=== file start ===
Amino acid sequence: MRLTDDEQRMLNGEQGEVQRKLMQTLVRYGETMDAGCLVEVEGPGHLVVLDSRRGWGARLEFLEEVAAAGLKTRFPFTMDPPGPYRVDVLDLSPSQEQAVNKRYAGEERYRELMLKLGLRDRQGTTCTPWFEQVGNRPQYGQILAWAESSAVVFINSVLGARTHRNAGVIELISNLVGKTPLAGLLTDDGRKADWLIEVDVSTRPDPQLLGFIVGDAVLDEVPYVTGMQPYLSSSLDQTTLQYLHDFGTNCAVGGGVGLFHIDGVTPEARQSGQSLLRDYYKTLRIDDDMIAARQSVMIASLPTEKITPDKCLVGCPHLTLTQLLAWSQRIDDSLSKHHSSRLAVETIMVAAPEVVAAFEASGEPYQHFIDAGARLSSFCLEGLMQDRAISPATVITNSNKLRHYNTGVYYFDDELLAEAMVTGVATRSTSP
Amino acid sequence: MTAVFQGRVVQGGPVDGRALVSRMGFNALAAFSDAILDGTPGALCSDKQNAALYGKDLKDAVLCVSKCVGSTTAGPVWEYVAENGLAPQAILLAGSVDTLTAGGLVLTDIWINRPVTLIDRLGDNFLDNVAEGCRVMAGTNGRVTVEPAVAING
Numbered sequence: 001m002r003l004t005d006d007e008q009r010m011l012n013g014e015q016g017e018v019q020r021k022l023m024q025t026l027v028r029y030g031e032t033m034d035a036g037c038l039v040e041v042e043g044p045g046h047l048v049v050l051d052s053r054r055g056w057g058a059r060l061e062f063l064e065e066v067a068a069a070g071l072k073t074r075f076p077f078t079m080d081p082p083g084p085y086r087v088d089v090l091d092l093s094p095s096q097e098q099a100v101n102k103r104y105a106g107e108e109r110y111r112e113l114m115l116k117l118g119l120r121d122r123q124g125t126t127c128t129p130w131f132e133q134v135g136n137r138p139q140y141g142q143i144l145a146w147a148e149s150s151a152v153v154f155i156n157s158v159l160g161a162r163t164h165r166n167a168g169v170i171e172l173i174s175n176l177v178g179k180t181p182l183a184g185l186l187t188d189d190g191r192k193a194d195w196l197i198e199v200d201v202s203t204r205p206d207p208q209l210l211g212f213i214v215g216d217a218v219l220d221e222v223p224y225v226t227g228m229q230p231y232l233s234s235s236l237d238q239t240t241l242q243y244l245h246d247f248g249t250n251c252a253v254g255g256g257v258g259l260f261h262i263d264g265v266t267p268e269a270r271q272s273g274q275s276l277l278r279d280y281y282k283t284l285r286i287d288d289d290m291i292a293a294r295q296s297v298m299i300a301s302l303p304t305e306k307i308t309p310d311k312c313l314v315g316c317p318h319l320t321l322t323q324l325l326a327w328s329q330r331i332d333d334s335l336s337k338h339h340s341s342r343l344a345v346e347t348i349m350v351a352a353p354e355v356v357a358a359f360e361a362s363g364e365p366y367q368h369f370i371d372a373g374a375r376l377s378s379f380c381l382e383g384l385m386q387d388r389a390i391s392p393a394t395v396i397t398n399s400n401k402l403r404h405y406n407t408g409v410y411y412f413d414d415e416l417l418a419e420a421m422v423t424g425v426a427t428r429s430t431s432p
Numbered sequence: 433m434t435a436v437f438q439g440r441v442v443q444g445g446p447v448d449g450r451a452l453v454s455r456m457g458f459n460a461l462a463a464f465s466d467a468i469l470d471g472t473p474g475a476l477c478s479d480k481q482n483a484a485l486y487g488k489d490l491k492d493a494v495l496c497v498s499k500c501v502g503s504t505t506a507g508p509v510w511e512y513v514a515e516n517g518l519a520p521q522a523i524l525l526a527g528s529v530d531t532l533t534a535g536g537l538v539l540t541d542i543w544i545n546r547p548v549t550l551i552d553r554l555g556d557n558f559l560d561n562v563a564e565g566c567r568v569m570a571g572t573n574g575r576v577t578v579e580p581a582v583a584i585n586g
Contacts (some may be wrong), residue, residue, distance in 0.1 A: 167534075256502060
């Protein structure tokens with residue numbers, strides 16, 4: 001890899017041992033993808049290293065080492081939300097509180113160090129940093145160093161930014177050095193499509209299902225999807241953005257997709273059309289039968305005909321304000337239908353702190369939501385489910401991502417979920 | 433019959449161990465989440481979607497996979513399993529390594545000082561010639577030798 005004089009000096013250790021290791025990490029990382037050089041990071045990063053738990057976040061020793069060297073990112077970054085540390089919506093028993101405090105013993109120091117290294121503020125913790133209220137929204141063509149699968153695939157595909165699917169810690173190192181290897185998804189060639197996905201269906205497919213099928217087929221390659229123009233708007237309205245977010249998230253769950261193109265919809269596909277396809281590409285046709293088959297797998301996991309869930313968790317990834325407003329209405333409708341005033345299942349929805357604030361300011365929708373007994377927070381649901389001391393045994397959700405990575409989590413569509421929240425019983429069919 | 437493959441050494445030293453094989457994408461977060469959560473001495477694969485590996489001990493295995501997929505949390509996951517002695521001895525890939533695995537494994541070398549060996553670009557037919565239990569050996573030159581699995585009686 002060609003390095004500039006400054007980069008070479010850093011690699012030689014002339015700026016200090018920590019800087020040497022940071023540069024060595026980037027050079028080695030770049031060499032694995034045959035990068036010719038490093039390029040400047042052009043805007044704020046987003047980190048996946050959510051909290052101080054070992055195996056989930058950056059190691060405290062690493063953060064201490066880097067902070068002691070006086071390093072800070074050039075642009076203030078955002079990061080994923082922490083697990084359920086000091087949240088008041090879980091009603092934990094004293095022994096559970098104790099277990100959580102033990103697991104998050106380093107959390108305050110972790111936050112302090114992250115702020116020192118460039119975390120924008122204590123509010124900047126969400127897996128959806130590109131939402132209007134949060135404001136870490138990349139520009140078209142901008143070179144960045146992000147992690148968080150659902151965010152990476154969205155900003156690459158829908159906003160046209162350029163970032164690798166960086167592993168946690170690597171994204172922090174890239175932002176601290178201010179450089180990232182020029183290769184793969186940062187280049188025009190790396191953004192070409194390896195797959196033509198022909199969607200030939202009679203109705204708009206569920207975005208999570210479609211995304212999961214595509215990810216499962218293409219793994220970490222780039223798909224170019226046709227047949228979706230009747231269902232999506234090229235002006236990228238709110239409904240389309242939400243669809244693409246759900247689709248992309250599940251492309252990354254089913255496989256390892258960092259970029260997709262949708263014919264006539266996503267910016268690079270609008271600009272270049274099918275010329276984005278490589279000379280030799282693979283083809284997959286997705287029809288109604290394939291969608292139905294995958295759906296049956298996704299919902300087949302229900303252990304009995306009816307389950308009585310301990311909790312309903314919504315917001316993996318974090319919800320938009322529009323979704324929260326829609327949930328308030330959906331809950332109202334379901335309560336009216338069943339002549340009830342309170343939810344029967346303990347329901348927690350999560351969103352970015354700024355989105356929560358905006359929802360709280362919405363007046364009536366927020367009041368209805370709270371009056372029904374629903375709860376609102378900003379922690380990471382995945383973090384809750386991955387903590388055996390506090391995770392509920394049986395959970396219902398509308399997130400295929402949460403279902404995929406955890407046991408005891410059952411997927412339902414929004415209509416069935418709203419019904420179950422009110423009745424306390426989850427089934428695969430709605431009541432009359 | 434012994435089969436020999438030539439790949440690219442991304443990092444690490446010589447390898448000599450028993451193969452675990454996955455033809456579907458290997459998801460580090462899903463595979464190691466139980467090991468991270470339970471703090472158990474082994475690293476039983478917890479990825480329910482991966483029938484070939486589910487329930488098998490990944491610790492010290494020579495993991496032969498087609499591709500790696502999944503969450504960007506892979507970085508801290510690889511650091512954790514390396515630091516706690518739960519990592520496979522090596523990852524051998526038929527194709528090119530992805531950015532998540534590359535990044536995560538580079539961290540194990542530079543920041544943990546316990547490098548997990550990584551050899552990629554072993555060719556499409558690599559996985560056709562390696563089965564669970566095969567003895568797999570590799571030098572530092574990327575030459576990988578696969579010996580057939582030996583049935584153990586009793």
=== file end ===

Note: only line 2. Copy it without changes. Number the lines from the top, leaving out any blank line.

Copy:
Amino acid sequence: MTAVFQGRVVQGGPVDGRALVSRMGFNALAAFSDAILDGTPGALCSDKQNAALYGKDLKDAVLCVSKCVGSTTAGPVWEYVAENGLAPQAILLAGSVDTLTAGGLVLTDIWINRPVTLIDRLGDNFLDNVAEGCRVMAGTNGRVTVEPAVAING